France moves to ban 'hyper-sexualised' beauty pageants for children younger than 16

Organisers of contests could face up to two years in jail or a fine of €30,000

Paris

France may become the first Western country to ban “mini-miss” beauty contests for girls.

In in a measure approved by the upper house of the French parliament today, organisers of beauty pageants for children younger than 16 could face up to two years in jail or a fine of €30,000. The penalties would also apply the parents of the children.

The ban still has to be approved by the National Assembly, the lower house, but has considerable cross-party support.

Chantal Jouanno, a former centre-right environment minister who proposed the ban, said: “Children are increasingly being presented with hyper-sexualised images of themselves or transformed into miniature adults whose appearance signals sexual availability.”

“We mustn’t tell our daughters, even when they are tiny, that all that matters is the way they look.”   

An amendment tabled by Ms Jouanno to a bill on women’s rights was approved by the Sénat in the early hours today by 197 votes to 146. A weaker government amendment calling only for regulation of “mini-miss” contests fell when Ms Jouanno’s amendment passed.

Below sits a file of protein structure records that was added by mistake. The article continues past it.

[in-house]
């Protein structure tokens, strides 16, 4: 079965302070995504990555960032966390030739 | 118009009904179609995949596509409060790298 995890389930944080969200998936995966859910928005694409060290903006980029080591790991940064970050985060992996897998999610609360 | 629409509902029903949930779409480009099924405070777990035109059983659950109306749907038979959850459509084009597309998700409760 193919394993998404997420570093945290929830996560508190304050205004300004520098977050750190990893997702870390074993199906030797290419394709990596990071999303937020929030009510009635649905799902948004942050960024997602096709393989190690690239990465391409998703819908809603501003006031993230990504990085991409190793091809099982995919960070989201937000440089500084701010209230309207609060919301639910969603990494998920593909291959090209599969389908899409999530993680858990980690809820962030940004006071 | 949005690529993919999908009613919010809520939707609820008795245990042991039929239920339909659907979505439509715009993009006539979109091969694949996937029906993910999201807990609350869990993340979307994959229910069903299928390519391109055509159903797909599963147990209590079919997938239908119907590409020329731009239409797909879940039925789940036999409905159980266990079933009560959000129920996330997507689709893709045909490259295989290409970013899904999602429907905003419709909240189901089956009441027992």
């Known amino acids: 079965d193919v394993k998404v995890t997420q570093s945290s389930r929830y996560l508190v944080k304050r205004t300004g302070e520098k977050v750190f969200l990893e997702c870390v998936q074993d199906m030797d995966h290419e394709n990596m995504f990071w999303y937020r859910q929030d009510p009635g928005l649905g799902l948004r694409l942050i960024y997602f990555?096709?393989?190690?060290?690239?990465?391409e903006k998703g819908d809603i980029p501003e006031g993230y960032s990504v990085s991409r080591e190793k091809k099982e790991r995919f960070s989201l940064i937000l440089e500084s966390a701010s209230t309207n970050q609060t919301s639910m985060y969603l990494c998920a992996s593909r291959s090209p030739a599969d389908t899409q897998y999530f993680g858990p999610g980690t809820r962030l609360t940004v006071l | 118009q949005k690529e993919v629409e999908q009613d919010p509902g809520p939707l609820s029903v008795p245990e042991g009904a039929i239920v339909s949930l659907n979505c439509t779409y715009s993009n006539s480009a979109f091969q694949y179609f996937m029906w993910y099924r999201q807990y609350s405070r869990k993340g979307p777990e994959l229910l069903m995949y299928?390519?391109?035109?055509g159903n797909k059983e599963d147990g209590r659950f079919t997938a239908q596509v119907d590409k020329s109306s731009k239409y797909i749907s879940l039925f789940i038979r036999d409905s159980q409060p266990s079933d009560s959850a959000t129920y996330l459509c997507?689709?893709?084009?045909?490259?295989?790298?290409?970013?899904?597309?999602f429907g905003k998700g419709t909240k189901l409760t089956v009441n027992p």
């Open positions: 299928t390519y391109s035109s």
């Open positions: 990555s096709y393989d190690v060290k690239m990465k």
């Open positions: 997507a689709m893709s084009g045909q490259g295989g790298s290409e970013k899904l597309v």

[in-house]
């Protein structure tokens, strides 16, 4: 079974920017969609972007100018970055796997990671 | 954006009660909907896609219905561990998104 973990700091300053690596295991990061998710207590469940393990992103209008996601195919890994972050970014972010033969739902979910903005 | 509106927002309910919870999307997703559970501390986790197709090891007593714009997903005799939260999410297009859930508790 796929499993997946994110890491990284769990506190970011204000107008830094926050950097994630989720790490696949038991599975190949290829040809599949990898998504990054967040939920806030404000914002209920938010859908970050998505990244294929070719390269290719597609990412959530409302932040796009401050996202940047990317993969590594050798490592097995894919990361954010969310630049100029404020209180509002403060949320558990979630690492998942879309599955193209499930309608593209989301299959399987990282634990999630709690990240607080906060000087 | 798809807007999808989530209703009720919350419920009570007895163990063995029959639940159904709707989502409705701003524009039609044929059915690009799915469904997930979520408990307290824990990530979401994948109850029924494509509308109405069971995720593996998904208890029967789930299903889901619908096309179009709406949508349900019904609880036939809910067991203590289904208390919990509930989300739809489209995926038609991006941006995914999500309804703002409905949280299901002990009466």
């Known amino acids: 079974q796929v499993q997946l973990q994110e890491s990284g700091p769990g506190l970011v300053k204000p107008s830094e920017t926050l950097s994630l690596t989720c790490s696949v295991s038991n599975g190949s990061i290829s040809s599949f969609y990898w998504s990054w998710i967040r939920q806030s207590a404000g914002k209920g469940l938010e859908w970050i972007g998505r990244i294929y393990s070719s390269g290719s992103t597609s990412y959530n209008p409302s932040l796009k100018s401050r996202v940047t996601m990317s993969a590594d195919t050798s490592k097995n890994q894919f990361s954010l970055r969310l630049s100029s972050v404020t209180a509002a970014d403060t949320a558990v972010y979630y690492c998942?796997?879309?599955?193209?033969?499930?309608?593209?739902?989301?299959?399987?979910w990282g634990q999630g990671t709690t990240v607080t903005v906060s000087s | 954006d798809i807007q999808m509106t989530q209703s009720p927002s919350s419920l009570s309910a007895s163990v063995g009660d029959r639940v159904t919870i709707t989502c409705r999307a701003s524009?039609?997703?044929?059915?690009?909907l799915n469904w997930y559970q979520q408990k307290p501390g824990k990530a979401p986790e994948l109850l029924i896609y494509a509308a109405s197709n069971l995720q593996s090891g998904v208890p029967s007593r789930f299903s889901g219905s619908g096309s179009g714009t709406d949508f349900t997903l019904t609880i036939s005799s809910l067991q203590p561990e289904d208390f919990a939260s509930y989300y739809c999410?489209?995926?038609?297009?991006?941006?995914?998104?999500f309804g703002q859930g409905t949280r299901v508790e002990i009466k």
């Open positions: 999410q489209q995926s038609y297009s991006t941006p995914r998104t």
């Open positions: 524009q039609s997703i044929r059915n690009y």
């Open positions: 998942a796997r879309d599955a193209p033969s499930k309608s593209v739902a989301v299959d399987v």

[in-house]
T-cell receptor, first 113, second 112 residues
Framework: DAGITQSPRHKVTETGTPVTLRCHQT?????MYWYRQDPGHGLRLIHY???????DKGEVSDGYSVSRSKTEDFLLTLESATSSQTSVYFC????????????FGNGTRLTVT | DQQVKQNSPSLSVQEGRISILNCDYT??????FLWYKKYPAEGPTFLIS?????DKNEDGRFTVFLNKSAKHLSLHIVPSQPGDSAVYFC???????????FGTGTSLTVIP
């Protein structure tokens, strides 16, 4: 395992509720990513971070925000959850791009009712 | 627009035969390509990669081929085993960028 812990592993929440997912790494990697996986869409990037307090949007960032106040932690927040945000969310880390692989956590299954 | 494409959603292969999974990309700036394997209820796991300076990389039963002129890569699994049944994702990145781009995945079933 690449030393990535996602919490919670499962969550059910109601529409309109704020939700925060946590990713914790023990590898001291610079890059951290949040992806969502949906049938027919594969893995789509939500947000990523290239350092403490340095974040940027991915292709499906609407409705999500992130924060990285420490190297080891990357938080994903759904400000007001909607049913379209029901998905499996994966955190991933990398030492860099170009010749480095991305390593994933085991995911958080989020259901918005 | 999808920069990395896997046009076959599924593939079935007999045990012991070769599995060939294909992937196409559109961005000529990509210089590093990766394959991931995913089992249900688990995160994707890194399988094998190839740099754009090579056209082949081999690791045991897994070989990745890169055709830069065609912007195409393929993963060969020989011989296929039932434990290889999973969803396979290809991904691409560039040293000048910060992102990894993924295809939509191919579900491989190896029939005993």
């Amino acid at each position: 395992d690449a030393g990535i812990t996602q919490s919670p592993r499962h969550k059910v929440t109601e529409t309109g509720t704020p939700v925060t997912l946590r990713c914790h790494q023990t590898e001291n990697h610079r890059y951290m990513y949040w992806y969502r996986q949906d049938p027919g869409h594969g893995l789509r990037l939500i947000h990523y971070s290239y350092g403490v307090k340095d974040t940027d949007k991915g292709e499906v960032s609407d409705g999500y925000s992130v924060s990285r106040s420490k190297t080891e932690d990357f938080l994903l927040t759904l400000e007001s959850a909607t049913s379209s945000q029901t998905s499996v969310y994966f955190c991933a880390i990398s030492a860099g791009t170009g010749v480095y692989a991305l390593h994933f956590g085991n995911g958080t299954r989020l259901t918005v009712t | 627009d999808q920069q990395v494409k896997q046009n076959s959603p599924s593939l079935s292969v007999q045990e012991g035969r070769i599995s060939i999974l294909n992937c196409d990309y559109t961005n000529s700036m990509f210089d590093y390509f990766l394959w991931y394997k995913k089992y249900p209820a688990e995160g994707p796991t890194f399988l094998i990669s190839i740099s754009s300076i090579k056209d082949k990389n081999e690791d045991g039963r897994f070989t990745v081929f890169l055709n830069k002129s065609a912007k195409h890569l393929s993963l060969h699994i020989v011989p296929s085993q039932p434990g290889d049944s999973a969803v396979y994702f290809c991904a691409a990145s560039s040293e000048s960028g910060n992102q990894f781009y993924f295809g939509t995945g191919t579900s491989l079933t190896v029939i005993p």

Michel Le Parmentier, who has been organising beauty contest for small French girls for 23 years, said that ban was based on a misconception.  He said that the French contests avoided the kind of “eroticism” and “provocation” which were common in the United States.

“Our contests are just a game in which girls from the age of seven appear without make-up and wearing princess outfits,” he said. They could not be compared to “commercial” and “hysterical” contests for small girls in the “Anglo-saxon world”.

Ms Jouanno, who was a karate champion as a girl and teenager, has been trying to ban “mini-miss” competitions since 2011. We are shining lights on their physical appearance. I have a hard time seeing how these competitions are in the greater interest of the child,” she said yesterday.  . “When I asked an organizer why there were no mini-boy contests, he replied that boys would not lower themselves like that.”

The wording of Ms Jouanno’s ban is so sweeping that it is likely to be amended by the National Assembly. The penalties apply to organisers, parents and anyone “who encourages or tolerates children's access to these competitions”. Critics suggest that the ban, as worded, could also  apply to “beautiful baby” contests or even some dance competitions.

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